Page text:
In other words, is it possible that the same facts that qualify as 'widespread and systematic attacks against civilians' for the Security Council are not classified as such by the ICC?

Arguably, and considering the nature of the institutions involved (political v. legal), the Court would be the only one able, in the exercise of its kompetenz kompetenz, to determine the scope of its subject matter jurisdiction, once a situation has been referred to it. What weight to attach then to the SC's factual finding for the purposes of individual criminal responsibility? Does this finding constitute undisputed evidence that 'widespread and systematic attacks against civilians' occur in Libya for the purposes of ICC investigations or would the future suspects/accused before the Court be in a position to dispute the facts and/or their legal classification? Perhaps it would have been better if the Council refrained from making such determinations in the preamble that may prove prejudicial to the rights of the accused and instead referred the entire situation to the Court for examination and investigation. As things stand, it seems highly unlikely that the Court will depart from the SC's factual finding(s) in Res. 1970. Be that as it may, it remains to be seen how the Court will approach this delicate issue in the future, as an independent judicial institution.

max says

February 28, 2011

Rubbbissssh!where was the security council when the arms were being sold! did they think it was for hunting in the desert forest!yes the forest in the desert!it was obviously going to be used on humans at some point!So this so called leaders should stop pretending!they can either stop the arms industries or contnue pretending to represent the world till they retire and end their pention!
If the UN is so powerful why cannt they open the world trade organisation for everyone to have a fair deal!I am affraid the UN is fast becomming the league of nations!

jpaust says

February 28, 2011

There is no head of state immunity in an international criminal tribunal or, especially, the ICC. See, e.g., Rome Stat. of the ICC, preamble and art. 27. No international criminal law treaty provides immunity for a sitting or former head of state and some expressly deny any immunity (e.g., the Genocide Convention and the treaties on enforced or forced disappearance.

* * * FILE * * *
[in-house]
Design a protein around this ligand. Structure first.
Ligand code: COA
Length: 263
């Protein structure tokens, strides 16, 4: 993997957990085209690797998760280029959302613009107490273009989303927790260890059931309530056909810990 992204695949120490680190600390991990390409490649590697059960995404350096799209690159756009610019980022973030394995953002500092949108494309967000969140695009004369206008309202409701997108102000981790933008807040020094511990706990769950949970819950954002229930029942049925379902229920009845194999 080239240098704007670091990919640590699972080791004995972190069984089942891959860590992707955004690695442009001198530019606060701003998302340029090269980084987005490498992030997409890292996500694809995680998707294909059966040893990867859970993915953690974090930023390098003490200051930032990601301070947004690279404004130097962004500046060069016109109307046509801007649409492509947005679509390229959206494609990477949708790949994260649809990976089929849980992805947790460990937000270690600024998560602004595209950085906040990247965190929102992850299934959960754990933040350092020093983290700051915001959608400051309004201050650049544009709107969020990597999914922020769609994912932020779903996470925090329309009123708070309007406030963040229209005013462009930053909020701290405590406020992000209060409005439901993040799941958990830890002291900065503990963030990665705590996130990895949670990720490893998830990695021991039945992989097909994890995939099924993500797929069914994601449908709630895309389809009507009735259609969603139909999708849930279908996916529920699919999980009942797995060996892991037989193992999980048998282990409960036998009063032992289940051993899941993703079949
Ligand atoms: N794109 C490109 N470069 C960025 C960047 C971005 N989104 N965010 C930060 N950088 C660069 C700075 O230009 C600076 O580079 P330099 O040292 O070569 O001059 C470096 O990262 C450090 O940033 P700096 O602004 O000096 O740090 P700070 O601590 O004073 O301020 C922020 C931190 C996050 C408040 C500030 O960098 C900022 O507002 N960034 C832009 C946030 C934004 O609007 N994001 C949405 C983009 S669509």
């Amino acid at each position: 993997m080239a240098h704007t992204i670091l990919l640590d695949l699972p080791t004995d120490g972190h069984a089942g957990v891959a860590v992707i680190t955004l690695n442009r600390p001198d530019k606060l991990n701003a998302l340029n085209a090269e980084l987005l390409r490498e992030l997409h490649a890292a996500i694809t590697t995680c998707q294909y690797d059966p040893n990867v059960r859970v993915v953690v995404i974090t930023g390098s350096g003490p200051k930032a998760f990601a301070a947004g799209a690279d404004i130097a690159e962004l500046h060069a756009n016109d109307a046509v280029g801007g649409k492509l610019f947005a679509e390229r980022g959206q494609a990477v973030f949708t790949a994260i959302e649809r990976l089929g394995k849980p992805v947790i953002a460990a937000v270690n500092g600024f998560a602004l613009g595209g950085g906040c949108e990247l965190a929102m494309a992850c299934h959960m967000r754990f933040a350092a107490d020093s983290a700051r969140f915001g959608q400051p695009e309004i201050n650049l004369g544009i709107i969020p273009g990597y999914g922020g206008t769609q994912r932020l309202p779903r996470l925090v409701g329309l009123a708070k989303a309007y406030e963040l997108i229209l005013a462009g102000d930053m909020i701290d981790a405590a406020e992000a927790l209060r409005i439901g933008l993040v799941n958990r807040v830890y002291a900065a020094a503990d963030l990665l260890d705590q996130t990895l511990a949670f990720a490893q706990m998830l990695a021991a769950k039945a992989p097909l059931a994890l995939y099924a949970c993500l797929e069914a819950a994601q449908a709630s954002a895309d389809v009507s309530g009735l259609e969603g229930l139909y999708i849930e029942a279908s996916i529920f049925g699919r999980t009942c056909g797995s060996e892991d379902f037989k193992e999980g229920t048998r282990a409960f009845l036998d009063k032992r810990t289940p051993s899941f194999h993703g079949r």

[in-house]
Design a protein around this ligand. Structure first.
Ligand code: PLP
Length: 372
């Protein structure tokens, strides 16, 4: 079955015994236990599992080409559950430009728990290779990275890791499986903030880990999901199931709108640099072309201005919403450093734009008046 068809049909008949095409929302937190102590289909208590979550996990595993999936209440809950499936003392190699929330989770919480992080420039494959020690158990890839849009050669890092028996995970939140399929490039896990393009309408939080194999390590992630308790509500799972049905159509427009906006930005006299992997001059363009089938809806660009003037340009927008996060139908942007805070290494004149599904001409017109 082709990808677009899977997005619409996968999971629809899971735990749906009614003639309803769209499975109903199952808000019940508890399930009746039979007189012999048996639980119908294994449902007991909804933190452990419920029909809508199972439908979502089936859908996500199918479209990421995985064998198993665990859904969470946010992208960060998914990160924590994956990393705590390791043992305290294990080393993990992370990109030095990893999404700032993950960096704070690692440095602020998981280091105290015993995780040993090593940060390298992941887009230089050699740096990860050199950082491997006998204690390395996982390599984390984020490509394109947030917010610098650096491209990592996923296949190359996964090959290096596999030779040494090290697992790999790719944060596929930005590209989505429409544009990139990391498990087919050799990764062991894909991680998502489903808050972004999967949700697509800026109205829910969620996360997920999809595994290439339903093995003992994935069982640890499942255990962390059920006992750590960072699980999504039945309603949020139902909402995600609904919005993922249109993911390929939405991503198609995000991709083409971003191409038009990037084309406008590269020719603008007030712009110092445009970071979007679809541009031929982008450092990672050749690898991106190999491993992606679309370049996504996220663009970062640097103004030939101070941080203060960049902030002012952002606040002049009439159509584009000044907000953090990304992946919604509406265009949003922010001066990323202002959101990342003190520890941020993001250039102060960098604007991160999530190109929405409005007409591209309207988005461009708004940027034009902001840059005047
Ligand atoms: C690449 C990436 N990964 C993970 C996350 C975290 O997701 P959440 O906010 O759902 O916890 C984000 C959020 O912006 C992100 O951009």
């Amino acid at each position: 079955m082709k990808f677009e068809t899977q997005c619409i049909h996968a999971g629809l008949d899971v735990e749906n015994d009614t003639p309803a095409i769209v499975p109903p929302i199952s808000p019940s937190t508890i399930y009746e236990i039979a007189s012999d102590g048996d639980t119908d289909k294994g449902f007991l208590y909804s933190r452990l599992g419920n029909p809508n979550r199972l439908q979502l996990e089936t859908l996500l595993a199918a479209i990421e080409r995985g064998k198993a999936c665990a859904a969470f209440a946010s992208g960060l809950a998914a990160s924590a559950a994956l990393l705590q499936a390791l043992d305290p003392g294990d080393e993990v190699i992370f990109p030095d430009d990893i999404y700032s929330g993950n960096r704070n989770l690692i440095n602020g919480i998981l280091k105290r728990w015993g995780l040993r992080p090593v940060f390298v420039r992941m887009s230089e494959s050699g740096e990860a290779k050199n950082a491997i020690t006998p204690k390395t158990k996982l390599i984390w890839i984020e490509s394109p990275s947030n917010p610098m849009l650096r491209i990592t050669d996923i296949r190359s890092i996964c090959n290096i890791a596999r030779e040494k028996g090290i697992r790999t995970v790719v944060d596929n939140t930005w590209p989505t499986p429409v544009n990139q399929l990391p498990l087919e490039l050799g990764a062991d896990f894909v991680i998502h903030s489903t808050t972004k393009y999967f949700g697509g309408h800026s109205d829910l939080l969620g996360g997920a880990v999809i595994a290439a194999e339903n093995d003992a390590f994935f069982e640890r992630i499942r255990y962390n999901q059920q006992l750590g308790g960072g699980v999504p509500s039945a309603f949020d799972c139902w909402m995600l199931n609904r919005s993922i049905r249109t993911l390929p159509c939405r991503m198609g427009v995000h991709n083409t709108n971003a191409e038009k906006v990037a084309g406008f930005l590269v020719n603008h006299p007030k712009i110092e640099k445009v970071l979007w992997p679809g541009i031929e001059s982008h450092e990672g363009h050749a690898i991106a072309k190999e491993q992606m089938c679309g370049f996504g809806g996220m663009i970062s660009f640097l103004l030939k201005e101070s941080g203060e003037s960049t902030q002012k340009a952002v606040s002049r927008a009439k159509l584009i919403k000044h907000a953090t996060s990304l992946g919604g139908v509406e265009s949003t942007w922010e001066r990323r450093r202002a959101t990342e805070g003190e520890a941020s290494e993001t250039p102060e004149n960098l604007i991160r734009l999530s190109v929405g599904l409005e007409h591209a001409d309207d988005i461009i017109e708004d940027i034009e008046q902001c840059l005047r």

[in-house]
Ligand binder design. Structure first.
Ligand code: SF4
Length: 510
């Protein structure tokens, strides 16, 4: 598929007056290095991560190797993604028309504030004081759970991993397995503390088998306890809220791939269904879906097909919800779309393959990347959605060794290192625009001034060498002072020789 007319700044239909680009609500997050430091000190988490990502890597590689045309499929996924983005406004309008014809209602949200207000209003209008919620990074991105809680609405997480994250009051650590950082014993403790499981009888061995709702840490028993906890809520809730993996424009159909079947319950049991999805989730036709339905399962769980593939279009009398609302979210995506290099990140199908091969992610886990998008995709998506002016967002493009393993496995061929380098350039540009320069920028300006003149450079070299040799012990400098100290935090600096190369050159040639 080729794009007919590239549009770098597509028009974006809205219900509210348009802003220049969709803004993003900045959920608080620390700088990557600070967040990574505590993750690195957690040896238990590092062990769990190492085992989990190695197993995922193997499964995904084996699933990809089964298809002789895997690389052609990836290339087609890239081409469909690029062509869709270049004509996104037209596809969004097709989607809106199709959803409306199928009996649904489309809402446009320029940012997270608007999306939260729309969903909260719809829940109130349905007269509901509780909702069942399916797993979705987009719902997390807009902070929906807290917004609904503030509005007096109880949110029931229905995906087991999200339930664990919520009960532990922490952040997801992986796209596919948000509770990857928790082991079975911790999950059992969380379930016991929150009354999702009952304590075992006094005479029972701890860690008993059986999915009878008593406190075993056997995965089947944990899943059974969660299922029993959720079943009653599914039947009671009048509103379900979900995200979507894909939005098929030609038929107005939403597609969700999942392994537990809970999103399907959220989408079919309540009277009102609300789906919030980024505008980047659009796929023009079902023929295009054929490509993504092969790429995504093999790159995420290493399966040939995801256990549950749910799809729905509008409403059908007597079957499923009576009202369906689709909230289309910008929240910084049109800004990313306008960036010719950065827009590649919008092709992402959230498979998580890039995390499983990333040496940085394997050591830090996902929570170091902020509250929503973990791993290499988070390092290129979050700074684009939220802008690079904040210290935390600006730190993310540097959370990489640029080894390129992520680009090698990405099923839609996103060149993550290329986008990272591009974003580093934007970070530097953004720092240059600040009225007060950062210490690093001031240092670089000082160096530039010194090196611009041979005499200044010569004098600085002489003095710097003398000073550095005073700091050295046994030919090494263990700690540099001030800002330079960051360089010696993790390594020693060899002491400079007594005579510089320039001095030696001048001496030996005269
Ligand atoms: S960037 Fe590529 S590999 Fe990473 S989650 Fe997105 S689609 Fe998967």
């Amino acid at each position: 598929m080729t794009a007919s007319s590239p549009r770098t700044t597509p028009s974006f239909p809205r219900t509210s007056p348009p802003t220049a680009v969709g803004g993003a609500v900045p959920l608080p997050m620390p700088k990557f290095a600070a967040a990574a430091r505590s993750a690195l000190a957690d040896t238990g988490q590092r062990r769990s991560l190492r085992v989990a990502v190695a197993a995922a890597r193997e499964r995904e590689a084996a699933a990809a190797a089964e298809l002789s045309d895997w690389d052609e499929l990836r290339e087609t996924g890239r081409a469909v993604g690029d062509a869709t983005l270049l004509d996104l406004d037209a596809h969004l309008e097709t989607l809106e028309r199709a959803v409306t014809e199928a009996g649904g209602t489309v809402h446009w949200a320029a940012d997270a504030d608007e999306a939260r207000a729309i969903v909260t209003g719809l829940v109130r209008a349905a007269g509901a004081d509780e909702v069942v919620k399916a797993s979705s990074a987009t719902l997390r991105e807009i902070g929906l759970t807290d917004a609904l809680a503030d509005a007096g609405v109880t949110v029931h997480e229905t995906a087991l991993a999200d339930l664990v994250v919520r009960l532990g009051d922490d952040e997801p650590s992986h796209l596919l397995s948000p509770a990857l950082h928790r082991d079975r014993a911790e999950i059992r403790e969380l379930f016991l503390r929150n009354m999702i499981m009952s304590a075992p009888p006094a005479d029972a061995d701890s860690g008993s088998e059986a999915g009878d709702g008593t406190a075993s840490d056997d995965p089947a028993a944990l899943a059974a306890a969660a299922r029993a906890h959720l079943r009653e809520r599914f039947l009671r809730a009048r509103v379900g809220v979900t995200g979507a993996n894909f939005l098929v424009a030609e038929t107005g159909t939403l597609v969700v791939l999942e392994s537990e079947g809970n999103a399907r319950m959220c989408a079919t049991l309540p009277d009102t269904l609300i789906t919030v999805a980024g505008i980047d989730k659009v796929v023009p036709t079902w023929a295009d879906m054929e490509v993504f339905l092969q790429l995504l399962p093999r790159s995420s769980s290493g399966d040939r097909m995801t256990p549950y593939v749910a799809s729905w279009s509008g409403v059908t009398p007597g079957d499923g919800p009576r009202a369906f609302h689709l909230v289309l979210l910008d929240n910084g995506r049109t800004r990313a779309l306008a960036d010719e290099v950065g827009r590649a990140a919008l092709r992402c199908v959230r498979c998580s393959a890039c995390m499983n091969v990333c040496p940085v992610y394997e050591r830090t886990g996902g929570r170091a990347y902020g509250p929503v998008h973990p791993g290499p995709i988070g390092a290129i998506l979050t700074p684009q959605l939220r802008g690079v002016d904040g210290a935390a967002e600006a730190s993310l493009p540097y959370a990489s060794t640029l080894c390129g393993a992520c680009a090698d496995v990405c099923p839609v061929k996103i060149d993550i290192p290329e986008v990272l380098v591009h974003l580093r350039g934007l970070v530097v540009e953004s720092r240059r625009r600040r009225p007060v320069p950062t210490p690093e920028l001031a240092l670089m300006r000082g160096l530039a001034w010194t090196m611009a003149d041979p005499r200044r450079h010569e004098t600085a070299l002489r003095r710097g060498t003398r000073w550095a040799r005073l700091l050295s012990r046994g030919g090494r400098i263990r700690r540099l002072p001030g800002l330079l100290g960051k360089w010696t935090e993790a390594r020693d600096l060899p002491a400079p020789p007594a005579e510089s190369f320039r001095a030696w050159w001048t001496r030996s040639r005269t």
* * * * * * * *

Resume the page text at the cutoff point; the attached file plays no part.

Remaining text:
With respect to customary crimes against humanity, note that ICC jurisdiciton is restrited beyond what customary international law can reach, but attacks on civilians by the Libyan government or organized armed groups that are widespread or systematic cna be covered under art. 7. Concerning the broader reach of customary international law, see, e.g.,

Elias Davidsson says

August 29, 2012

According to common view, the Security Council would be entitled to determine any circumstance or fact as threatning international peace and security, including for example if the author of this lines is eating pizza at the wrong hours. The fact that the Security Council most probably make such absurd claims does not, however, exclude that it might engage in contrived fact determinations, if its permanent members so wish, because of their converging interests.

On September 12, 2001, the Council indeed made a contrived determination, namely that the attacks of the previous day were acts of "international" terrorism. The Council was not in a position at that time to make this factual determination and has not engaged in an independent fact-finding exercise to establish this fact.

Are states obligated to implement binding resolutions by the Council, if these were adopted on contrived grounds and in bad faith?